- Judaean freedom fighters; the Romans considered them terrorists.
They objected to the Roman (following the orders of Herod)
practice of naming priests. The Zealots wanted priests selected
from "the line of Aaron". Jesus was "of the line of Aaron" on his
mothers side. Barabbas, released as a feast day amnesty by
Pilate, was described as a "lestes"
in Greek (John 14:40). Simon the Zealot (Luke 6:15) is another
example as is Judas Iscariot, a member of the Sicarii - small curved
knife - a group of assassins within the Zealots.
Herod captured Jerusalem in 37 BC. From then until his death in 4
AD he executed all the members of the Jewish nobility that he could
capture. In 4 AD an uprising led by Judas of Galilee broke out.
When it was finally crushed by the Romans some 2,000 Jews were
crucified for sedition. Jesus, a descendant of Aaron (priests)
and of David (kings) was born into this environment.
C4 The Son of the Star
The Zealots were actively opposing the Romans for over 130 years.
Jesus was crucified between the year 30 and 36 depending on your
source, in 38 there were Jewish riots in Alexandria, in 44 James, the
brother of Jesus was executed, a Jewish revolt in Alexandria results in
thousands of deaths in 66. Between 66 and 73 there is a war is
Judaea, in 70 the temple in Jerusalem is destroyed and in 73 Masada is
destroyed. In 115 Jews outside of Judaea revolted. The
leader in Egypt was a Jew named Lucuas who claimed to have been "of the
line of David" and who was also described as the king of the Jews.
This revolt was put down in 117 with the destruction of the
Jewish community in Egypt. In 131 a large Jewish force under
Simon Bar Kochba "the Son of the Star" attacked the Romans and
reconquered Judaea. The Romans came back in 133 and in 135
they killed Bar Kochba and routed all of his troops. Biagent
makes the point that "the star of Judaea" was commonly thought of being
the king of the Jews, the leader who was a descendant in the line of
C5 Creating the Jesus of Faith
Contrary to modern Christian illustrations, Jesus did not have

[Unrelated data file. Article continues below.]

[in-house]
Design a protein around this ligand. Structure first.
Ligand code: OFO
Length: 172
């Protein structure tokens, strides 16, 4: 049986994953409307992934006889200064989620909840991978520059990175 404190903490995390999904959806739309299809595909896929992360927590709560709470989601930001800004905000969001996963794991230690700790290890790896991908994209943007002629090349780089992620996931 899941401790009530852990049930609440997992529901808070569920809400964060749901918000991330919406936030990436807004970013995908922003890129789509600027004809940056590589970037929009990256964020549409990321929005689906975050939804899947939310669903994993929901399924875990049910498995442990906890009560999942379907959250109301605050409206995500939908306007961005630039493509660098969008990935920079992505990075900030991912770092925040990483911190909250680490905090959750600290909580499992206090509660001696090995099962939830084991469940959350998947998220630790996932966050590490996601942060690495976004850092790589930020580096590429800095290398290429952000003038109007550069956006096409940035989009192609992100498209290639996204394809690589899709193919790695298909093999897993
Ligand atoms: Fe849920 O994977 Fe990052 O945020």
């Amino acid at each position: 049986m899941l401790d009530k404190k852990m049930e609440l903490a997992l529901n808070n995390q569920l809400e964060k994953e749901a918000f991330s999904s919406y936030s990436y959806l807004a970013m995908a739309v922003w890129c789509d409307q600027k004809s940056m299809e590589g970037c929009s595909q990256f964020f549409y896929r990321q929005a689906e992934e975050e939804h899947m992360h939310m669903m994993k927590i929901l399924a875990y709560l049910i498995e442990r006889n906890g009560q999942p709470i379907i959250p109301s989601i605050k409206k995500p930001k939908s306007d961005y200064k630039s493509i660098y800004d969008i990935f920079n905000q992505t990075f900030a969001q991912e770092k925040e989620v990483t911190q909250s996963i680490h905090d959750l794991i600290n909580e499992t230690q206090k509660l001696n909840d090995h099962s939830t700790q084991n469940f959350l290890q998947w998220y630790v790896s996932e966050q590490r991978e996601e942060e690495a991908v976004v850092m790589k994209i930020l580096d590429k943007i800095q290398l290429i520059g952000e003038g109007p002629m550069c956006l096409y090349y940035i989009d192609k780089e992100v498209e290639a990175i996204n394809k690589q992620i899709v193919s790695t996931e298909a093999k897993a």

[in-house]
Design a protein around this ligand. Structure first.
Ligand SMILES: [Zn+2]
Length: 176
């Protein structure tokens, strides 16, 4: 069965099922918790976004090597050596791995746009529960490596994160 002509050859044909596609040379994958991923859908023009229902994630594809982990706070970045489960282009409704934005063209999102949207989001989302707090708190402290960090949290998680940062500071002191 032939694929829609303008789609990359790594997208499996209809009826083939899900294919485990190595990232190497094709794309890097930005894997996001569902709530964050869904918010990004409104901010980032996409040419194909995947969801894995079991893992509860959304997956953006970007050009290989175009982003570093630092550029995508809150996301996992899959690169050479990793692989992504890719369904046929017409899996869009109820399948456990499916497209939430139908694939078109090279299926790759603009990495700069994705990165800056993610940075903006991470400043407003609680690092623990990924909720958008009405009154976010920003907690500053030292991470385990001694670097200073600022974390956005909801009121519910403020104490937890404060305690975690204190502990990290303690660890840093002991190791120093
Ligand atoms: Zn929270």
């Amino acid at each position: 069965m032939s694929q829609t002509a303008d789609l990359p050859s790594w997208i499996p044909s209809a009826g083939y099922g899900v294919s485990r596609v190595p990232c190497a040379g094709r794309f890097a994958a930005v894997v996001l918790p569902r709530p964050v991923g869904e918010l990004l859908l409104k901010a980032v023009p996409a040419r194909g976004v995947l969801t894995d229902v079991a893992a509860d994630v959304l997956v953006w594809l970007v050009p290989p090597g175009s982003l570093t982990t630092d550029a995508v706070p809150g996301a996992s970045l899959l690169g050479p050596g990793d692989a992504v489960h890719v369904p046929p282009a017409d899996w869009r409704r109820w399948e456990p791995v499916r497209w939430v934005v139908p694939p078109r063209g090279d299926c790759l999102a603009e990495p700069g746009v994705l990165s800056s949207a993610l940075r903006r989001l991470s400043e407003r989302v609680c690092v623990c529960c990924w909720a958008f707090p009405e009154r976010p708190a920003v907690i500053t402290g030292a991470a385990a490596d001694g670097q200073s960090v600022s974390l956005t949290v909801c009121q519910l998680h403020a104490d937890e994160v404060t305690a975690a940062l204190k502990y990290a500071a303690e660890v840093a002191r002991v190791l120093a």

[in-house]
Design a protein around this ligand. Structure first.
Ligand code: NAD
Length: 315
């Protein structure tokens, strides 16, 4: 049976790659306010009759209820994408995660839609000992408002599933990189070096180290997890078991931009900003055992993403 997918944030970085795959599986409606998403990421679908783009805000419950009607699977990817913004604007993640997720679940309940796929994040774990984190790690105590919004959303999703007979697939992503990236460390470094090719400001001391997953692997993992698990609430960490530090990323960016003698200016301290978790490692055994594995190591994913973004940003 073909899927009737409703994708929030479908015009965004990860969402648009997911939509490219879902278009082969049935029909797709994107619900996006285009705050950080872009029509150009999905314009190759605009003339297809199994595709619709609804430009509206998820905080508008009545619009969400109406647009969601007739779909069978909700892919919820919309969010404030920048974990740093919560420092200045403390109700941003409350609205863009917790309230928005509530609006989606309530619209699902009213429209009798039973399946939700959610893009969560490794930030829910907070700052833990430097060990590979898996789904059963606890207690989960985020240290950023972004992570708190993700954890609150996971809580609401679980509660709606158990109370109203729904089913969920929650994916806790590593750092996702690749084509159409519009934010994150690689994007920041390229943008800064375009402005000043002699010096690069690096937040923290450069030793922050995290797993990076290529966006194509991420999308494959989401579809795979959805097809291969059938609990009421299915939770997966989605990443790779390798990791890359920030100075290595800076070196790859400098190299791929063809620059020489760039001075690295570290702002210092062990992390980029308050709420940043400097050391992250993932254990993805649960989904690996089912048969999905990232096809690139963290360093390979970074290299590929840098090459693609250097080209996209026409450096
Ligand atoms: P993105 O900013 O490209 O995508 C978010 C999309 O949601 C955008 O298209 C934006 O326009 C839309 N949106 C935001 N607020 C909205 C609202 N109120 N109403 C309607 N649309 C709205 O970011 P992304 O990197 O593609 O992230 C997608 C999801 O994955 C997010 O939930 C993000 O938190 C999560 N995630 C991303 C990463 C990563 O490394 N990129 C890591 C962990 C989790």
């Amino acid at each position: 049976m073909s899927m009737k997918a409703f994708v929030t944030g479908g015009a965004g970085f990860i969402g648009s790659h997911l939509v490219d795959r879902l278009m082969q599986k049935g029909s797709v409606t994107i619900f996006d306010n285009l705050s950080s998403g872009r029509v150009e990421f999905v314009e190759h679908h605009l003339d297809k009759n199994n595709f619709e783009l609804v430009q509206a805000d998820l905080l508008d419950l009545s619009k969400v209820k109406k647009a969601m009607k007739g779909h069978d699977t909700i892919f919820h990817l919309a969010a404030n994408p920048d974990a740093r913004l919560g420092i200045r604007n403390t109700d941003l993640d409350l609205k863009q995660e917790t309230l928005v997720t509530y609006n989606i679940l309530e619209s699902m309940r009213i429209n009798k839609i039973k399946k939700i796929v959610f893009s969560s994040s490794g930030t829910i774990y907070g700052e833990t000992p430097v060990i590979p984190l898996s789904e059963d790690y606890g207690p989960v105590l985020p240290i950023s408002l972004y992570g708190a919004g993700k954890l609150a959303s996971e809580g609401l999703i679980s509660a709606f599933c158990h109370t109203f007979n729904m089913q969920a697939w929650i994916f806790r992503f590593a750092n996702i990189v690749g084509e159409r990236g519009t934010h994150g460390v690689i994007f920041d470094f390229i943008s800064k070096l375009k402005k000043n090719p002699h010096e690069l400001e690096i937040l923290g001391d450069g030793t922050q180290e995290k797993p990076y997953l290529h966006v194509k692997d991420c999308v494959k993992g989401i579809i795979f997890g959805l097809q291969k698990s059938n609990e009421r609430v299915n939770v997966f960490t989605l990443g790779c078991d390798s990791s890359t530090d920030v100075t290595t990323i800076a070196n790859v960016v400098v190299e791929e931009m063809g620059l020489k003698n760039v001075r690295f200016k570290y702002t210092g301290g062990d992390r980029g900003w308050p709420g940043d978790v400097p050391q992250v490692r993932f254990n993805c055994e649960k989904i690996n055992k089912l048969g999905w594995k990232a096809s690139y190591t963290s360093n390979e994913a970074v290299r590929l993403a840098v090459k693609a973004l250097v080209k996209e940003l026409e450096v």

blond hair and fair skin that never burned. He wasn't followed
around by disciples recording every word of the living god. He
was a Jew, a dark Palestinian. He and his followers had religious
documents, they were the books we now call the Old Testament.
Around 135 - 155 the Christian writer Justin Martyr writes
that the term "Holy Scripture" was reserved for the books of the law
and the prophets and that the Gospels were to be used in church to
support their faith but were not considered inspired writings.
In the second century BC the Aramaic word meshiha (messiah) became to be associated with Jewish kings descended from King David. The Greek word christos is basically a translation of meshiha, and the word Mestsias is a transliteration of the older word. The word Jesus derives from Yeshua
(Joshua) but it can mean "the deliverer" or "the savior"; it could be
just a title. There is extremely little evidence for an actual
person named Jesus. The earliest fragments of the New Testament
(John) date from 125. Paul's letters, supposedly written between
50 and 60 do not show up in the archaeological record until about 200.
And Paul never met Jesus, they are about Paul - not about Jesus.
The only documents outside of the Christian tradition are that
Pontius Pilate, during the reign of Tiberius, executed a Jewish
"messiah" who was a political rebel and was therefore crucified.
Was this man Jesus? - There is no historically explicit information.
Biagent goes on to the differing views of Christianity that existed up
to the fifth century, this is covered in more detail in the above book,
Ehrman's Lost Christianities. Biagent is much more anti-church, especially the church in Rome.
C6 Rome's Greatest Fear
This chapter is one of those, "bad people doing bad things"
tirades. It starts out on Aug 5, 1234 when followers of Dominic
de Guzman, including the local Bishop, took a woman who was dying and
carried her on her own bed to a meadow and burned her alive for heresy.
Dominic founded the Order of the Dominicans, he was cannonized as
a saint in 1234. The Dominicans became the main force behind the
Inquisition. In 1908 the Inquisition became the Sacred
Congregation of the Holy Office and then in 1965 it was again renamed
as th Congregation for the Doctrine of the Faith. The Prefect of
this Congregation, Cardinal Joseph Ratzinger was elected Pope in April
2005. Biagent discusses many aspects of the Inquisition and then